Publication: Thursday, May 20, 2021 12:25
The Minister of Social Rights has repeated it twice. “An abuser will never be a good father. I repeat. An abuser will never be a good father.” This is how energetic Ione Belarra has been. And it is that the Children’s Law, better known as the Rhodes Law, includes the possibility that abusive parents will not see their children. A historic request made by feminist groups and associations in favor of battered women.
Belarra, who thanked Equality Minister Irene Montero for her collaboration in introducing a gender perspective into the law, highlighted some improvements included in the text in relation to gender-based violence.
More specifically, it highlighted the prohibition of parental alienation syndrome or the strengthening of the imperative nature of the suspension of the visitation regime for the father when the minor has witnessed situations of gender-based violence. Thus, the minister explained that the discrediting of the testimonies of minors and the framework of impunity that had been generated ends, even in cases where the father himself has been denounced for mistreatment or mistreatment of children. An injustice that was applied alleging manipulation of mother to children.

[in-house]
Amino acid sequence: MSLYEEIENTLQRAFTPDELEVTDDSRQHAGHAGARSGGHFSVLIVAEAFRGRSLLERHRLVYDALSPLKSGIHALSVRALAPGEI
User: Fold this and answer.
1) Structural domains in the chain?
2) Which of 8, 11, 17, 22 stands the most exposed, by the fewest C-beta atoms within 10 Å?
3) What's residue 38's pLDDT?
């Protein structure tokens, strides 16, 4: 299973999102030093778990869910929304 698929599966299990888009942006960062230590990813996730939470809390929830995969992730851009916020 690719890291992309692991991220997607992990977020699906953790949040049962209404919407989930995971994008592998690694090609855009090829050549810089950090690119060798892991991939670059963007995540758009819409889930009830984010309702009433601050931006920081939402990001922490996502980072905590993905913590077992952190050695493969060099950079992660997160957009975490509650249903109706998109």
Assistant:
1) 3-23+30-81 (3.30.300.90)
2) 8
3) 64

Belarra also underlined the importance of the creation of a Council of State for the participation of the children, to listen to the proposals of the minors with a view to the development of policies which concern them.
At this point he spoke to children and adolescents living in Spain. “This law is yours, I am not asking you to defend it at all costs. Be critical, evaluate us and tell us what is missing,” he asked them.
The minister described the approved children’s law as a “milestone” in congressional plenary. “A before and after” in the protection of the rights of the child, which, he says, places Spain “at the forefront” at the international level in this dossier.